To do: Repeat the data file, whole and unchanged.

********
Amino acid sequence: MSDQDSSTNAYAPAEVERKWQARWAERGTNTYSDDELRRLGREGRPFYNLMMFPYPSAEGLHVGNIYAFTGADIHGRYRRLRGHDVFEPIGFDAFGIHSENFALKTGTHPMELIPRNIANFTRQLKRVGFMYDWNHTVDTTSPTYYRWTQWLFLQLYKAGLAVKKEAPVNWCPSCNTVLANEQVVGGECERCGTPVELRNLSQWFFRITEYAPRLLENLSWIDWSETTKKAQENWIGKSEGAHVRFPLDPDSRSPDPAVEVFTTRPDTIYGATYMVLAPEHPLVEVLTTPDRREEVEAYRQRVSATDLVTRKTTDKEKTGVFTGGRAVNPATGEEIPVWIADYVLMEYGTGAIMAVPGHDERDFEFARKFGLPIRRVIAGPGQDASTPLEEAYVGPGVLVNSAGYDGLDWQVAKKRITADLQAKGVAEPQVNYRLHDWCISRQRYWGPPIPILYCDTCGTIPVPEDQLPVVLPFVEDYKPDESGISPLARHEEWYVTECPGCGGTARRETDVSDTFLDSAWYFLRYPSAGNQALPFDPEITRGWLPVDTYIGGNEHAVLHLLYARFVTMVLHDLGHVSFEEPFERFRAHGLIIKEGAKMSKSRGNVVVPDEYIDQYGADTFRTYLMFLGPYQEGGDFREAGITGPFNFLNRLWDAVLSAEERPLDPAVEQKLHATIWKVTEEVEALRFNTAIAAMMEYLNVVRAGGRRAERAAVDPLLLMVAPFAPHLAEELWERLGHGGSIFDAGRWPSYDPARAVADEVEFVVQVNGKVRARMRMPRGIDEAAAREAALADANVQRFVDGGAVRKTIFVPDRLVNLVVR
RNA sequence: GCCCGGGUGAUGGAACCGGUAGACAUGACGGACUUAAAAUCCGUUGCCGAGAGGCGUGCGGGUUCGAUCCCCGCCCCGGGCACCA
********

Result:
Amino acid sequence: MSDQDSSTNAYAPAEVERKWQARWAERGTNTYSDDELRRLGREGRPFYNLMMFPYPSAEGLHVGNIYAFTGADIHGRYRRLRGHDVFEPIGFDAFGIHSENFALKTGTHPMELIPRNIANFTRQLKRVGFMYDWNHTVDTTSPTYYRWTQWLFLQLYKAGLAVKKEAPVNWCPSCNTVLANEQVVGGECERCGTPVELRNLSQWFFRITEYAPRLLENLSWIDWSETTKKAQENWIGKSEGAHVRFPLDPDSRSPDPAVEVFTTRPDTIYGATYMVLAPEHPLVEVLTTPDRREEVEAYRQRVSATDLVTRKTTDKEKTGVFTGGRAVNPATGEEIPVWIADYVLMEYGTGAIMAVPGHDERDFEFARKFGLPIRRVIAGPGQDASTPLEEAYVGPGVLVNSAGYDGLDWQVAKKRITADLQAKGVAEPQVNYRLHDWCISRQRYWGPPIPILYCDTCGTIPVPEDQLPVVLPFVEDYKPDESGISPLARHEEWYVTECPGCGGTARRETDVSDTFLDSAWYFLRYPSAGNQALPFDPEITRGWLPVDTYIGGNEHAVLHLLYARFVTMVLHDLGHVSFEEPFERFRAHGLIIKEGAKMSKSRGNVVVPDEYIDQYGADTFRTYLMFLGPYQEGGDFREAGITGPFNFLNRLWDAVLSAEERPLDPAVEQKLHATIWKVTEEVEALRFNTAIAAMMEYLNVVRAGGRRAERAAVDPLLLMVAPFAPHLAEELWERLGHGGSIFDAGRWPSYDPARAVADEVEFVVQVNGKVRARMRMPRGIDEAAAREAALADANVQRFVDGGAVRKTIFVPDRLVNLVVR
RNA sequence: GCCCGGGUGAUGGAACCGGUAGACAUGACGGACUUAAAAUCCGUUGCCGAGAGGCGUGCGGGUUCGAUCCCCGCCCCGGGCACCA